Asset Backed Credit Default Swap - ABCDS

DEFINITION of 'Asset Backed Credit Default Swap - ABCDS'

A redit default swap wherein the reference asset is an asset-backed security rather than a corporate credit instrument. The buyer of an asset backed credit default swap (ABCDS) is buying protection for defaults on asset-backed securities or tranches of securities, rather than protecting against the default of a particular issuer.

BREAKING DOWN 'Asset Backed Credit Default Swap - ABCDS'

Asset-backed credit default swaps are structured differently from other credit default swaps due to the nature of the instrument being hedged. For example, since many asset-backed securities amortize and pay monthly, the credit default swap will more closely match these features. The most widely used ABCDS transactions cover U.S. subprime mortgage tranches of mortgage securitizations.

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RELATED FAQS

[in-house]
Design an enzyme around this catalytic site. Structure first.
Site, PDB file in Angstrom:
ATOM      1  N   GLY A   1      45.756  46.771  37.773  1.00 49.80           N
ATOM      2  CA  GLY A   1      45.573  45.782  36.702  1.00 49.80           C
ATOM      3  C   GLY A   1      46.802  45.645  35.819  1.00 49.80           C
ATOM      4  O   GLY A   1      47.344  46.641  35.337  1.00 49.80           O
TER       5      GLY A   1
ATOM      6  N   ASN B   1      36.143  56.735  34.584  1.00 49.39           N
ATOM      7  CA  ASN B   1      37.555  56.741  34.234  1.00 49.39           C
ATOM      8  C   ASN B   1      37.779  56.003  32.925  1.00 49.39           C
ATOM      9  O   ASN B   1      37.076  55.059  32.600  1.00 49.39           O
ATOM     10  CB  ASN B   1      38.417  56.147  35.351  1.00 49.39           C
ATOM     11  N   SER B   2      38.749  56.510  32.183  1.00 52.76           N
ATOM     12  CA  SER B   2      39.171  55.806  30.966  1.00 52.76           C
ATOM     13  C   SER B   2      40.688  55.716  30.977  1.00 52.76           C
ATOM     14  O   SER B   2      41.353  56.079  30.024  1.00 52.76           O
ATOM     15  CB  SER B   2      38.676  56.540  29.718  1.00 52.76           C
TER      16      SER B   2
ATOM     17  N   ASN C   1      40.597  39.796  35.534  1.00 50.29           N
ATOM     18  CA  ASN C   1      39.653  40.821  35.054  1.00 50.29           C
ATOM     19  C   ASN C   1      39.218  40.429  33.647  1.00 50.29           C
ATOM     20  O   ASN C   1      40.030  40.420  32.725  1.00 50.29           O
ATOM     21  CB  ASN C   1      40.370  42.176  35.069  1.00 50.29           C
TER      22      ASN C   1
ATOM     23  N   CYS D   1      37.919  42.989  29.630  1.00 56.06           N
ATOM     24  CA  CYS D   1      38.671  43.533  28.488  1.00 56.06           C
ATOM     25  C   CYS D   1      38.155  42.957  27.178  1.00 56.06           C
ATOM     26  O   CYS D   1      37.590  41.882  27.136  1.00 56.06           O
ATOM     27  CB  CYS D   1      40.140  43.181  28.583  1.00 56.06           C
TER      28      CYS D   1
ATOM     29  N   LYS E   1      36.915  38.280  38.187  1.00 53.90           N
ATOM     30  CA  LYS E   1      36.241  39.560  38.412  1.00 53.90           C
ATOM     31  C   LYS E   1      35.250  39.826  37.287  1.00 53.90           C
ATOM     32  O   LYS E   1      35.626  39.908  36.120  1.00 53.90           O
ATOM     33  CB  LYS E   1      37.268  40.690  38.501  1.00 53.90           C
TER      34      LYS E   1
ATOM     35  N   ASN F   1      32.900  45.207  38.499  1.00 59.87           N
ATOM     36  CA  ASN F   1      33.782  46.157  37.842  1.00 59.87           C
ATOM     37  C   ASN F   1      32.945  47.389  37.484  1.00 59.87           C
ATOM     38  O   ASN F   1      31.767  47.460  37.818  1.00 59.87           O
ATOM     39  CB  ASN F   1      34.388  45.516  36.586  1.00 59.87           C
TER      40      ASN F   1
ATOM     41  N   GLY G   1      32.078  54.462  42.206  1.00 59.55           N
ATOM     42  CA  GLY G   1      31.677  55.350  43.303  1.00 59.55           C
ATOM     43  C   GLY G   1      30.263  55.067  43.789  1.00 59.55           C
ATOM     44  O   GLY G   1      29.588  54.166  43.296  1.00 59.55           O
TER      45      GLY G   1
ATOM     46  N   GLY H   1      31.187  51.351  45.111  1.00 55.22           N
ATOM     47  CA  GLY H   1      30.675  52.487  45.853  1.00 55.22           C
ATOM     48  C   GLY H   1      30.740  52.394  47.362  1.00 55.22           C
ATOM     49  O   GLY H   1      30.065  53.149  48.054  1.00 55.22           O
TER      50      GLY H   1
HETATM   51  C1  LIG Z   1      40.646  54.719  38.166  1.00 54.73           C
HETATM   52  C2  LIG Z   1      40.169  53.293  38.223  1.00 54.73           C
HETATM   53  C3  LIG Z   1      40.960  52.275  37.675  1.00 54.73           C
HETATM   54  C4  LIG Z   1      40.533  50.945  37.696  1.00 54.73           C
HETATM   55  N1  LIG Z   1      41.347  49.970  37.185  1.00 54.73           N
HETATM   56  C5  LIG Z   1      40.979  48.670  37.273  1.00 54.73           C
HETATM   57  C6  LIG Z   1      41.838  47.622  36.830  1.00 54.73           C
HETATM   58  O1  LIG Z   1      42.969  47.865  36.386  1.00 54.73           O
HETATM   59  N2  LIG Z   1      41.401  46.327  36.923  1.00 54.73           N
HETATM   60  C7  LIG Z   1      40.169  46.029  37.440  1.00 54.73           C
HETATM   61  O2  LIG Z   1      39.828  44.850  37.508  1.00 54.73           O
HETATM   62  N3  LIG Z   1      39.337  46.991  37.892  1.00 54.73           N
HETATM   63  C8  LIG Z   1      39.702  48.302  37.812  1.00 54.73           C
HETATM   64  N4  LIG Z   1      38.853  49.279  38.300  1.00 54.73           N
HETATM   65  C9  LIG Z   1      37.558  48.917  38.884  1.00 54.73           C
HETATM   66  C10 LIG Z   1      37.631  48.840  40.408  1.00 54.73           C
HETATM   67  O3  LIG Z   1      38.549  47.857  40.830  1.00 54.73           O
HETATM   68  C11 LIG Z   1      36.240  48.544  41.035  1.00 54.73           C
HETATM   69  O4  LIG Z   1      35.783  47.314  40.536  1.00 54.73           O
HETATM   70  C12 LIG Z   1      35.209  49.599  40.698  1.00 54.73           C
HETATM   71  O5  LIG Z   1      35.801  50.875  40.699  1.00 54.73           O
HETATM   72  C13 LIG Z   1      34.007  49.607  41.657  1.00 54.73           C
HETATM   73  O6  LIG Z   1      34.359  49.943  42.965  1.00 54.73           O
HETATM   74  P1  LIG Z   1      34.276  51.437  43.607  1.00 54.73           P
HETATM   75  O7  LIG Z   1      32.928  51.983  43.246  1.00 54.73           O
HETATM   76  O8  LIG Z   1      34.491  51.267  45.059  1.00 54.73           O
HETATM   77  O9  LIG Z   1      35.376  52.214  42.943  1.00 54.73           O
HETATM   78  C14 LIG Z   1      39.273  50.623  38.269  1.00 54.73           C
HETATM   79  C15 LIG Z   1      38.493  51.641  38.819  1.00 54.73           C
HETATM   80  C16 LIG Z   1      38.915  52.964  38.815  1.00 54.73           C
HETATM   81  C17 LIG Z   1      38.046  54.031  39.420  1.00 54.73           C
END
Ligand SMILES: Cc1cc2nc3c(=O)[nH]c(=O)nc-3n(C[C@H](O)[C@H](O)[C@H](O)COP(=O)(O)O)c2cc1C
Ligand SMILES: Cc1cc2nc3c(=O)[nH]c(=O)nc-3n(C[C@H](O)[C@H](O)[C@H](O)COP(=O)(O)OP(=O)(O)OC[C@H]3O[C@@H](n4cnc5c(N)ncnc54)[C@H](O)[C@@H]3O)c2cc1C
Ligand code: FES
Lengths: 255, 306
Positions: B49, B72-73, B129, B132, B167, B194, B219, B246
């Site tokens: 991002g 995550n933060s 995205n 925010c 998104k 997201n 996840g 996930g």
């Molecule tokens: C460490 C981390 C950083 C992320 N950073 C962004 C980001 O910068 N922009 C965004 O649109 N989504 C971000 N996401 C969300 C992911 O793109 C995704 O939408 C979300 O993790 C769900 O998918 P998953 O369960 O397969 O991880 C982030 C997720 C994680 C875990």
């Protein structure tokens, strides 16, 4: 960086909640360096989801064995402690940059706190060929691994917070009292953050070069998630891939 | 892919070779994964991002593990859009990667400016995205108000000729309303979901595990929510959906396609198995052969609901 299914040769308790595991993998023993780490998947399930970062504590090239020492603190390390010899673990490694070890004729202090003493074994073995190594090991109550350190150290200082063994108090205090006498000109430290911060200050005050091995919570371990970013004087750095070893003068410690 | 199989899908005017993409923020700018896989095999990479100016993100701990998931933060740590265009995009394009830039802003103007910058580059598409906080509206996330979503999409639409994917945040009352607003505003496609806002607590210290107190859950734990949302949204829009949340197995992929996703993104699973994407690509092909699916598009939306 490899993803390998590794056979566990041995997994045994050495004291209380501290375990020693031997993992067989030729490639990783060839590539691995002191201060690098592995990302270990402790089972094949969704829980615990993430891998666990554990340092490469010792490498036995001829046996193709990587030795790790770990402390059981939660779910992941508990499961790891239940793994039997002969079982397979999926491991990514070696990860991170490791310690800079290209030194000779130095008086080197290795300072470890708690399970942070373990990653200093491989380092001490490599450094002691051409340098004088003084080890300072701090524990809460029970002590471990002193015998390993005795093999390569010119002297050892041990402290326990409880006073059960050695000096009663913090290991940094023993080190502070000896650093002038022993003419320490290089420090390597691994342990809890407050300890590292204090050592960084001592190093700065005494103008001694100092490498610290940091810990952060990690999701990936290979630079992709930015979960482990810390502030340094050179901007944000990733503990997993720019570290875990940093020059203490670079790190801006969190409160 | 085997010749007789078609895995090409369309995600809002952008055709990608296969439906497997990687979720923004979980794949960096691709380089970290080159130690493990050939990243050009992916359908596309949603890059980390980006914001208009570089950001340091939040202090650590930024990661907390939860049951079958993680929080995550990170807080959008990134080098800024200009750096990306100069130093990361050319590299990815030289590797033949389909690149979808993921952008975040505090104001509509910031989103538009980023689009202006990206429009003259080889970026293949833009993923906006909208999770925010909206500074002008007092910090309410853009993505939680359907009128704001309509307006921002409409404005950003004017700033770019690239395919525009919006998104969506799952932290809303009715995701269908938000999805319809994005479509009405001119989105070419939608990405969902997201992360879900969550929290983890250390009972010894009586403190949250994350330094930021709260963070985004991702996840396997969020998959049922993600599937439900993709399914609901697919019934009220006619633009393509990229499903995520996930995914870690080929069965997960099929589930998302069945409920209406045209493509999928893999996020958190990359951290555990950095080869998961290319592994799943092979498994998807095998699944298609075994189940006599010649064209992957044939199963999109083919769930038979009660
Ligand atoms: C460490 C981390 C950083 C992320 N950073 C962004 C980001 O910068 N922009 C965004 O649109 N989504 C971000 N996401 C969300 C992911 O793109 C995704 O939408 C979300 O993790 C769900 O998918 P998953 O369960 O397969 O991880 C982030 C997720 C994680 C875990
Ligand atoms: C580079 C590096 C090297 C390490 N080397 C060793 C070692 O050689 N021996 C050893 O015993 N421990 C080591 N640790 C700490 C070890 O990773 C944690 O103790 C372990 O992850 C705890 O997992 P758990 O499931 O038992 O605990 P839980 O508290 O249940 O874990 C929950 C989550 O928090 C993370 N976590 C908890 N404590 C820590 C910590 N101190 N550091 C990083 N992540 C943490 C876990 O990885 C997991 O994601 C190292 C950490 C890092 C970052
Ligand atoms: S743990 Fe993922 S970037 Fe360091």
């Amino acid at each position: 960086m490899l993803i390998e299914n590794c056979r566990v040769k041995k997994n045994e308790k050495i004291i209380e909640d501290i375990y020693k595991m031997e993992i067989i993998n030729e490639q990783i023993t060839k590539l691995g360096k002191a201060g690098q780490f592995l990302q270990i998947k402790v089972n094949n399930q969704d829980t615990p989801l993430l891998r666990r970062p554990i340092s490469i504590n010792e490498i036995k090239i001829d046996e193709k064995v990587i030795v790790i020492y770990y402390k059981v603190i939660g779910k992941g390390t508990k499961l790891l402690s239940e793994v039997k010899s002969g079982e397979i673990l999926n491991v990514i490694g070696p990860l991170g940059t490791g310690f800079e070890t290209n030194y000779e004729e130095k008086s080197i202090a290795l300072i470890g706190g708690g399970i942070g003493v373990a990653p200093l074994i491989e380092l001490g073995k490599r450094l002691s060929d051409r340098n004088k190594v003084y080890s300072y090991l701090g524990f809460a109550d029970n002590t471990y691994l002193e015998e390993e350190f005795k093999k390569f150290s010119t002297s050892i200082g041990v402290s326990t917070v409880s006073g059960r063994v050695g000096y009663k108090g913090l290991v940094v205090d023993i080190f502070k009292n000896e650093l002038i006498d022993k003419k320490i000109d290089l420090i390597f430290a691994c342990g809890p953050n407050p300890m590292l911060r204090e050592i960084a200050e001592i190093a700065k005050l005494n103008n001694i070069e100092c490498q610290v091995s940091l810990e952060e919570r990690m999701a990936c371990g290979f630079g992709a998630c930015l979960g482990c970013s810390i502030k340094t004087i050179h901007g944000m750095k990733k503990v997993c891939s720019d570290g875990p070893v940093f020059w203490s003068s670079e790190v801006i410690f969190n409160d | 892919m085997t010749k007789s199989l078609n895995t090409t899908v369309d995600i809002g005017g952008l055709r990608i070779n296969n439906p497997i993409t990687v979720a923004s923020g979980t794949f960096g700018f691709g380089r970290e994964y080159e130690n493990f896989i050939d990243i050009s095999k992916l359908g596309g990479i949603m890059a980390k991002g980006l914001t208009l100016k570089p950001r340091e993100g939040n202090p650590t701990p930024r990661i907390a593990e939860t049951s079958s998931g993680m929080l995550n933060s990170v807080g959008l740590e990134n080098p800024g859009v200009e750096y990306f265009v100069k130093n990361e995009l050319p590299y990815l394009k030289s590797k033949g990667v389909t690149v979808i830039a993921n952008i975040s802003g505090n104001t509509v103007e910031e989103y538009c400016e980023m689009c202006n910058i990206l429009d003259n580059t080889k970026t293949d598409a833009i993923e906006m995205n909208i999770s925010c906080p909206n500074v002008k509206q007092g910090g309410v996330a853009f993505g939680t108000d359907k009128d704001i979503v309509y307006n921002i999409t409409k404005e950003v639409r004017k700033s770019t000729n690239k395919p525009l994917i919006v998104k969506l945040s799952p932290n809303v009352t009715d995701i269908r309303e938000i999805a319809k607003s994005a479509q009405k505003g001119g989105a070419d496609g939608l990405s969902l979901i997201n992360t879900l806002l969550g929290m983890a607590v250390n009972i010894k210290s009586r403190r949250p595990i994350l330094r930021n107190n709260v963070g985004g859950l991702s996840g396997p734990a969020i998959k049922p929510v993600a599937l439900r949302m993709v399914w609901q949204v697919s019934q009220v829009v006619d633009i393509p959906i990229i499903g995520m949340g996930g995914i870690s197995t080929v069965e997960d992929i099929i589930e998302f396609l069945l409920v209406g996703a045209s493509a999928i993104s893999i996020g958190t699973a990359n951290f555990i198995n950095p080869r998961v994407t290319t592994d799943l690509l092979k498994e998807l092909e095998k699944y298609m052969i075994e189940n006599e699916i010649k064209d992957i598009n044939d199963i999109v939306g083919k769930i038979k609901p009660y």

1. What are some risks a company takes when entering a currency swap?

    Read about the risks associated with performing a currency swap, including counterparty credit risk in the event that one ... Read Answer >>
  2. Who is the counterparty of a derivative?

    Learn about the counterparty to a derivative contract, and how derivative swap agreements traded over the counter have counterparty ... Read Answer >>
  3. When was the first swap agreement and why were swaps created?

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  4. Should you calculate Value at Risk (VaR) for counterparty credit risk?

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  5. What would motivate an entity to enter into a swap agreement?

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  6. What level of default rate is typical for the credit services industry?

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